> 3) Even if you do pass -Thost=x64 to CMake, it will apparently still fail sometimes.  See this thread for details: http://lists.llvm.org/pipermail/cfe-dev/2018-October/059609.html<https://na01.safelinks.protection.outlook.com/?url=http%3A%2F%2Flists.llvm.org%2Fpipermail%2Fcfe-dev%2F2018-October%2F059609.html&data=02%7C01%7CSTILIS%40microsoft.com%7Cd0b09715f08a4f50bf5808d62d2cbe5b%7C72f988bf86f141af91ab2d7cd011db47%7C1%7C0%7C636746067541481899&sdata=7u0X3tZVg%2Fb5nwUFaLRx216GlTkinOzz8dc1AjrY9n8%3D&reserved=0>.  It seems the parallel build scheduler does not do a good job and can bring a machine down.  This is not the first time though, every couple of months there's a thread about how building or running tests from within VS doesn't work.
> 4) Supporting it is a continuous source of errors and mistakes when writing tests.  The VS generator outputs a project which can build Debug / Release with a single project.  This means that `CMAKE_BUILD_TYPE=Debug` is a no-op on this generator.  The reason this matters for the test suite is because `${CMAKE_CURRENT_BINARY_DIR}` isn't sufficient to identify the location of the binaries.  You need `${CMAKE_CURRENT_BINARY_DIR}/${CMAKE_CFG_INTDIR}` instead.
>
> There is a continuous source of problems in our CMake [1, 2, 3, 4, 5].  It also affects tests, and every time someone adds a new lit site configuration, they have to remember to add this magic block of code:
>
> # Support substitution of the tools_dir with user parameters. This is
> # used when we can't determine the tool dir at configuration time.
> try:
>     config.llvm_tools_dir = config.llvm_tools_dir % lit_config.params
>     config.llvm_shlib_dir = config.llvm_shlib_dir % lit_config.params
> except KeyError:
>     e = sys.exc_info()[1]
>     key, = e.args
>     lit_config.fatal("unable to find %r parameter, use '--param=%s=VALUE'" % (key,key))
>
> to the file (even though only about 2 people actually understand what this does), which has caused problems several times.
>
> 5) VSCode and Visual Studio both support opening CMake projects directly now, which bypasses MSBuild.  I don't know how well Visual Studio supports LLVM's CMake, but the last time I tried it with VSCode on Linux it worked fine.
>
> ----
>
> I mentioned earlier that the distinction between not *building* with a VS-generated project and not supporting the VS generator is important.
>
> I don't want to speak for everyone, but I believe that *most* people use the VS generator because they want IDE support for their projects.  They want to be able to browse code, hit F5 to debug, F9 to set breakpoints, etc.  They don't necessarily care that Ctrl+Shift+B is how the code is generated versus some other incantation.  I'm asserting that it's possible to still have all the things people actually want from the VS generator without actually building from inside of VS.  In fact, I've been doing this for several years.  The workflow is:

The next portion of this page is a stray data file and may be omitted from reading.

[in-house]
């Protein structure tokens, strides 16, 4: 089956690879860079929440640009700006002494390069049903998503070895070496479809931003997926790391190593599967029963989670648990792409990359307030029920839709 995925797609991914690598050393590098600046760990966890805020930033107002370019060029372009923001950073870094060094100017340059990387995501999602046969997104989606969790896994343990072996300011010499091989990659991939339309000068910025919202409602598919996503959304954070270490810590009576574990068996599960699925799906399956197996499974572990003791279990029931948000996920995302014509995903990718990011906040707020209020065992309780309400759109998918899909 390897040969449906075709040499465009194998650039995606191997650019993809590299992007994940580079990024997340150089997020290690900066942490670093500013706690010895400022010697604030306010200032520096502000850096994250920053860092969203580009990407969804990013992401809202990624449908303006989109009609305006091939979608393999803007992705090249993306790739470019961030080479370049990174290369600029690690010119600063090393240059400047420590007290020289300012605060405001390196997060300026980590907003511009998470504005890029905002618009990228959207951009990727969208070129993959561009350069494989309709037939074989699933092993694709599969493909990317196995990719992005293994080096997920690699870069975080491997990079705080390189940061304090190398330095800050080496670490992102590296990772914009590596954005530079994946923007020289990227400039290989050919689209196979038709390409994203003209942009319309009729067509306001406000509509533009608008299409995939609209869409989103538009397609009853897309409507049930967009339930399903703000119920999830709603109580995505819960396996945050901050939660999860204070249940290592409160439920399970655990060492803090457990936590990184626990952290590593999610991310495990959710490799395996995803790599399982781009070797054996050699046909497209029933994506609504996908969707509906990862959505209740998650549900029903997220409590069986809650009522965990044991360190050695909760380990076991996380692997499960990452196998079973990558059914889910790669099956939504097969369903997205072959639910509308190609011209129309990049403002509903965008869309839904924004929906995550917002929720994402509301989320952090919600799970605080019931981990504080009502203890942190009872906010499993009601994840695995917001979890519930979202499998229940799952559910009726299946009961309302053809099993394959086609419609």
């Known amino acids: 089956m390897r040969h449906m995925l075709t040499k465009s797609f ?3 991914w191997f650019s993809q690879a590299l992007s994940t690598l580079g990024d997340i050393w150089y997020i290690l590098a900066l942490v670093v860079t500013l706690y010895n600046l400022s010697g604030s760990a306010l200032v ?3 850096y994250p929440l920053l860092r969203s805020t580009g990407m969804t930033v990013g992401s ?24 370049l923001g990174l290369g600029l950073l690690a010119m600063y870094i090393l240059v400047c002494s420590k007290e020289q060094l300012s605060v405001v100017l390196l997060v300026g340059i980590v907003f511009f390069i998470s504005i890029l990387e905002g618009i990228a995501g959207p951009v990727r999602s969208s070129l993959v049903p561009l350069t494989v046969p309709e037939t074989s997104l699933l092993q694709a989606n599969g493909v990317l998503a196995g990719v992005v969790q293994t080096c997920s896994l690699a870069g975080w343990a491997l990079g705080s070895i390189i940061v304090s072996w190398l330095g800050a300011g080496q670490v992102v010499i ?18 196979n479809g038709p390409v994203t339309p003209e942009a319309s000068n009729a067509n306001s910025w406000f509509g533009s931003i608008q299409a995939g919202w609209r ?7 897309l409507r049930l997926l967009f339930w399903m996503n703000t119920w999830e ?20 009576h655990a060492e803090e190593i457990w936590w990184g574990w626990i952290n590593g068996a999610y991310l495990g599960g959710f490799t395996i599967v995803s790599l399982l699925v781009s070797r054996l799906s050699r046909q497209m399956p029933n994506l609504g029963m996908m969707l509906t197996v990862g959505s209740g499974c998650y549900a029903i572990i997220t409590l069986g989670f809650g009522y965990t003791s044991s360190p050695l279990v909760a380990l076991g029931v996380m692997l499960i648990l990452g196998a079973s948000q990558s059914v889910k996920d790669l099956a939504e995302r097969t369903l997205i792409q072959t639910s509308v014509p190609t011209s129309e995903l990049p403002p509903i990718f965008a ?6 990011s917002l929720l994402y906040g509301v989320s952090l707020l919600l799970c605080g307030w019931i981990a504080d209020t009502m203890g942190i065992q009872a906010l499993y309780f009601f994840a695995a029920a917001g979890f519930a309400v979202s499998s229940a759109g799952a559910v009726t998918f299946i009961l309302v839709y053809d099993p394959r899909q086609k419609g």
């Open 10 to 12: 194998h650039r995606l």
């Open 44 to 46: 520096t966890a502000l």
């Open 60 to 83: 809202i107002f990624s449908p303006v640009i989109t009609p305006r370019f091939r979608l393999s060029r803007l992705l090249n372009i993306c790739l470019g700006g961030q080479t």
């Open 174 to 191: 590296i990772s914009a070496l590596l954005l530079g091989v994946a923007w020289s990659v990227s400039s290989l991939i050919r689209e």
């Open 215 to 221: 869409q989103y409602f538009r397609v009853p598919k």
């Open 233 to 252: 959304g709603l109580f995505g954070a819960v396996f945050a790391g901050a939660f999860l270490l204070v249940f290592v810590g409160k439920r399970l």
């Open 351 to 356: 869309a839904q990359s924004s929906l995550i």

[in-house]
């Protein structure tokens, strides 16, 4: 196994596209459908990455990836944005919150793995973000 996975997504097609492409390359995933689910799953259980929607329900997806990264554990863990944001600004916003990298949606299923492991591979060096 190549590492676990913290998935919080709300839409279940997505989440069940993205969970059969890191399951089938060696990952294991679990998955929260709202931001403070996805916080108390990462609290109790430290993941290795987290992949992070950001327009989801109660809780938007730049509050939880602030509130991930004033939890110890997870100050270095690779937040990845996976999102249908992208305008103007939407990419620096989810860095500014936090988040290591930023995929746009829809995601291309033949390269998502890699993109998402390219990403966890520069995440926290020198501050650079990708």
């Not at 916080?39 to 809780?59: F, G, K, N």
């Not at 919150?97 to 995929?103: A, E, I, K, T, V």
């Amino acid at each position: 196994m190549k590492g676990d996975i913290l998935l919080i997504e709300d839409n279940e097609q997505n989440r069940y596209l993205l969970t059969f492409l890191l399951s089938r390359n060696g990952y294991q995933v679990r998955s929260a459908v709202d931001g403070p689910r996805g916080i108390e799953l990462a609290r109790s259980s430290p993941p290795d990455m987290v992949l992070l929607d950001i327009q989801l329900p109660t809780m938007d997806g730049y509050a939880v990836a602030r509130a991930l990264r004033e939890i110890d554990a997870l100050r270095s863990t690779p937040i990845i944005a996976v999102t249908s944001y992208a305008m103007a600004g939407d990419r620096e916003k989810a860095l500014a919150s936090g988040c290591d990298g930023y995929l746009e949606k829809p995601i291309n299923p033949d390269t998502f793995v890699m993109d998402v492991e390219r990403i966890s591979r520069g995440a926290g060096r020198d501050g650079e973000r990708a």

>
> 1) Run CMake twice, generating to separate output directories.  Once using -G "Visual Studio 15 2017" and once using -G Ninja, each to different directories.
>
> 2) Open the VS one.  You have full IDE support.
>
> 3) Instead of hitting Ctrl+Shift+B to build, have a command prompt window open and type ninja.  Wait for it to complete.  If you want to you can make a custom tool command in Visual Studio so that you can access this from a keyboard shortcut.
>
> 4) When you want to debug, set your startup project (as you normally would), right click and hit properties, go to Debugging, change Command from $(TargetPath) to <type the full path to bin/foo.exe of the program you want to debug>.
>
> 5) Hit F5.
>
> In short, with only 2 simple additional steps (run CMake an extra time, and type a path into a window), people can have the exact workflow they are used to, plus faster builds, minus all of the problems and complexities associated with building from within VS.
>
> And we can simplify our CMake logic and lit configuration files as well.

As someone who almost exclusively uses MSVC and not Ninja on Windows,
I'll have to try this workflow out to see how it works for me in
practice. Unfortunately, I won't really be able to test it for a few
weeks.

However, I'm concerned by the idea that we want to drop support for
building with the standard workflow in a toolchain that's as popular
as MSVC is. "Here's a simple five-step process to make this
plausible", while technically feasible, does not sound like a better
user experience for people trying to get into LLVM development on
Windows. It's also hard for me to foresee what pain points the
research teams at my company will have from such a transition (they
have out-of-tree workflows that have worked fine for them for years
and this transition will incur expenses to update scripts, etc).

Based on your statements about simplifying cmake, I'm reading "stop
supporting" as "prevent entirely; do not accept patches retaining that
support". Is that accurate? If so, what timeline do you envision and
what kind of transition story is there, especially for out-of-tree
folks?

~Aaron